1/14/2003 
RALEIGH NEWS OBSERVER ON "OLLIE"  
"A tautly plotted and very funny tour de force!"  
ED MC BAIN GETS HIS GROOVE BACK

by  Rod Cockshutt

   Reading "Fat Ollie's Book," Ed McBain's rollicking new
yarn,  felt a little like Michael Corleone in the final
episode of "The Godfather" saga: Just when I thought I
was out, McBain pulled me back in.

   Wit and grit made McBain one of my favorite writers.
But I was barely able to finish his two previous books,
the slapstick, sub-par "Money Money Money," and "The
Moment She Was Gone," a tedious, melodramatic
psychological thriller McBain published under his real
name, Evan Hunter. I worried that after l00-plus
novels in four decades, maybe the guy had said all he
had to say, and that it was time for me to move on.

   My bad: McBain's 52nd novel set in the 87th Precinct,
"Fat  Ollie's Book" (Simon and Schuster, $ 25, 288
pages), is a tautly plotted and very funny tour de force
featuring a dash of wicked self-parody that will leave
even the most devoted whodunit fans laughing
sheepishly about their favorite genre's conventions and
cliches.

   McBain gives perennial supporting character
Detective Oliver Wendell "Fat Ollie" Weeks a featured
role in this complicated tale about political
assassination, racial tension and internecine police turf
battles.

   The setting, of course, is the Manhattan-like city Isola.
When the front-running mayoral candidate is murdered
during a campaign rally at the Martin Luther King
Memorial, the buffoonish Fat Ollie, who describes
himself frequently as "an equal opportunity bigot,"
catches the case.

   Problem is, Ollie's got troubles of his own. Someone
has stolen from his cruiser the first 36 pages of an
"insider" police novel Ollie is writing starring one
Detective "Olivia Wesley Watts." Because of that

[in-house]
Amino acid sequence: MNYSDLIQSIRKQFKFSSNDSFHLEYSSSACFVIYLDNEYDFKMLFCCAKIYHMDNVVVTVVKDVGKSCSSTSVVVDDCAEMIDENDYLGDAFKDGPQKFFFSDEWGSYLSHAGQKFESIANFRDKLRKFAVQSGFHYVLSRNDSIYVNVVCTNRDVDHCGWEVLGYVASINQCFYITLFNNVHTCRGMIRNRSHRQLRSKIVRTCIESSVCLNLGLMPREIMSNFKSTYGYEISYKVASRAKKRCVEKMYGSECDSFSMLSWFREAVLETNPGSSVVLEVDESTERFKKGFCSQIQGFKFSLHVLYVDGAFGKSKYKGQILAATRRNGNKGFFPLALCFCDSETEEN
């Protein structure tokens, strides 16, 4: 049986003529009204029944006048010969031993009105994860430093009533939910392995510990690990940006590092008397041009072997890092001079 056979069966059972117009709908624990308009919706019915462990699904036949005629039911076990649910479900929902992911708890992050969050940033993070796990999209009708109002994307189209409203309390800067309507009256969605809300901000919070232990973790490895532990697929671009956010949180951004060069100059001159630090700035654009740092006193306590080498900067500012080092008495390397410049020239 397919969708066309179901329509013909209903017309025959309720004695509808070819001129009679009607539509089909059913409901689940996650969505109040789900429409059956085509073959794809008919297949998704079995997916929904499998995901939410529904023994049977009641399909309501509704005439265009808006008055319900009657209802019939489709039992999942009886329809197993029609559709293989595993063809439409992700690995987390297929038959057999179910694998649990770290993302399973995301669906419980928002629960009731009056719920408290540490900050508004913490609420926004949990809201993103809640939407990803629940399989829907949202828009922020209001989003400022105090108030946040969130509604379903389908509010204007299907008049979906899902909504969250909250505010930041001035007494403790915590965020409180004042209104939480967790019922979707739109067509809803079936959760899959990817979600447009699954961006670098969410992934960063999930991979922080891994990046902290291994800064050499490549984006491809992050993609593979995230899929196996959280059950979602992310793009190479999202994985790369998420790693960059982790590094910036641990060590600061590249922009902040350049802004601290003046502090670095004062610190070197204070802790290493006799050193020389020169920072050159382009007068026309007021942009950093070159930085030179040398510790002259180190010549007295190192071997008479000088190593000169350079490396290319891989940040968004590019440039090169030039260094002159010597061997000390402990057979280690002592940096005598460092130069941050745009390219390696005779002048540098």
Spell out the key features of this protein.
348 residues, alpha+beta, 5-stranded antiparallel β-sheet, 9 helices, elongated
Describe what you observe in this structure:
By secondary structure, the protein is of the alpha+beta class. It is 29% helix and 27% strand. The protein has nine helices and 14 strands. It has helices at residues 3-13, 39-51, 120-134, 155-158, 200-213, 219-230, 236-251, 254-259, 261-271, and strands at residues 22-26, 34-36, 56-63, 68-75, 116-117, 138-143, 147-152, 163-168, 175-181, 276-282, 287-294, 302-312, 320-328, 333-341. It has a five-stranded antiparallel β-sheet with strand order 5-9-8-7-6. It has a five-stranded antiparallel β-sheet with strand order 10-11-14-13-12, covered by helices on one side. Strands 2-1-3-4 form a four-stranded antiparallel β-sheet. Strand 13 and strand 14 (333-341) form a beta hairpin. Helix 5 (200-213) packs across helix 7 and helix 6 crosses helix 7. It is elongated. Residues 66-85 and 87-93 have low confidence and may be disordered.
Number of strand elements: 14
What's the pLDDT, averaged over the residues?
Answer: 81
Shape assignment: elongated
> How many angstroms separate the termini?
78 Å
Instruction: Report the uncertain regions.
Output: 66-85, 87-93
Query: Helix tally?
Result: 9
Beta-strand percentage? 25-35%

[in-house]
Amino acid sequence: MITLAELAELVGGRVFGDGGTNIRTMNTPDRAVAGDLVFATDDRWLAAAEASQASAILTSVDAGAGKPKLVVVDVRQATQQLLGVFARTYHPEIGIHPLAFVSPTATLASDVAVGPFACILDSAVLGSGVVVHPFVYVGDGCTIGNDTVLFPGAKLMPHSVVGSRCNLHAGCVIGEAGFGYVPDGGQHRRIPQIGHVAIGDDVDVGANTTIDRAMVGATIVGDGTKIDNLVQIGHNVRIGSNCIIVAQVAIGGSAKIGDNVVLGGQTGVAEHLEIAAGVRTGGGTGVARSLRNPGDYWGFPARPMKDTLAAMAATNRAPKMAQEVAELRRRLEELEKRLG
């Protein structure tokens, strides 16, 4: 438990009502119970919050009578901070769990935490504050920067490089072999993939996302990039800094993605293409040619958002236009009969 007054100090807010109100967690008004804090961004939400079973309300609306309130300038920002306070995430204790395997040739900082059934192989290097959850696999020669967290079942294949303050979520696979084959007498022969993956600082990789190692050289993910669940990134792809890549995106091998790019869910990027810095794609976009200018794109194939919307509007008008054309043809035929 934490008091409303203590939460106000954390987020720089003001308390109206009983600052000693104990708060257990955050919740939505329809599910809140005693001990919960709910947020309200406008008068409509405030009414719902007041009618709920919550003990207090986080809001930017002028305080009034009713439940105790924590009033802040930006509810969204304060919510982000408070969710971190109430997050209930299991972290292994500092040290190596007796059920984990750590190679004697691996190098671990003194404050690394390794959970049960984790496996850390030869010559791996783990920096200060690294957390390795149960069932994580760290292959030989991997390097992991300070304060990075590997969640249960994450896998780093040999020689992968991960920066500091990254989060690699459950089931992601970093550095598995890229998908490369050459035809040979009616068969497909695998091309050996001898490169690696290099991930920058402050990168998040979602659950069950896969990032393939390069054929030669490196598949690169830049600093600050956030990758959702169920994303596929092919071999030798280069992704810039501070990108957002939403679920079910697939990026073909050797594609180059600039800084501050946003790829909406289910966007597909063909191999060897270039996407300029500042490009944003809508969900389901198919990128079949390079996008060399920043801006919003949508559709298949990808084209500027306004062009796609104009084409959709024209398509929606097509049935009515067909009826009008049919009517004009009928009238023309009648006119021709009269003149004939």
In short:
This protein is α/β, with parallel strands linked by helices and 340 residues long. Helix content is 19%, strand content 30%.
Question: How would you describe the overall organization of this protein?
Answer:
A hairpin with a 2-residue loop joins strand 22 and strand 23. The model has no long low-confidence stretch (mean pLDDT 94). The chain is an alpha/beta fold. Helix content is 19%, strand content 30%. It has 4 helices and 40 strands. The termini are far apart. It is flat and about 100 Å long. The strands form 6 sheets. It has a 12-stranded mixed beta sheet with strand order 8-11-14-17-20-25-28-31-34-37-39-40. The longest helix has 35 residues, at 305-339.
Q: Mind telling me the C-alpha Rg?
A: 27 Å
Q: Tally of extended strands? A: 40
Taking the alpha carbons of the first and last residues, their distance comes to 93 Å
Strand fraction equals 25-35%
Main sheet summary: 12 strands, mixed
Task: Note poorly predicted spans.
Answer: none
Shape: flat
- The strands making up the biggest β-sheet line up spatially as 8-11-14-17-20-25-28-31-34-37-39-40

distraction, Fat Ollie, never the most assiduous of
policemen, calls in some favors and asks series
regulars Steve Carella and Bert Kling to "help" him with
the murder case. As in "solve it."

   Which detectives Carella and Kling set out to do,
jumping adroitly through many of the patented police
procedural hoops McBain has made the hallmark of
this popular series. This time, you'll learn fascinating
bits of cop arcana on such topics as crime scene
diagrams and firearms typology.

   But the overriding pleasure in this genuine
page-turner comes from Fat Ollie's hunt for his stolen
manuscript; the screwball machinations of the
lamebrained transvestite who stole the pages
and believes the missing diamonds described in the
manuscript are real; and the evolving romantic feelings
the racist, misogynistic Fat Ollie begins to have for his
spunky new partner, Officer Patricia Gomez. The most
fun of all is in reading the "excerpts" from Ollie's
masterpiece-in-progress that McBain self-mockingly
weaves into his own novel.

   I'll count to 87 before I start hanging crape for this
series or its indefatigable creator again.
 

 
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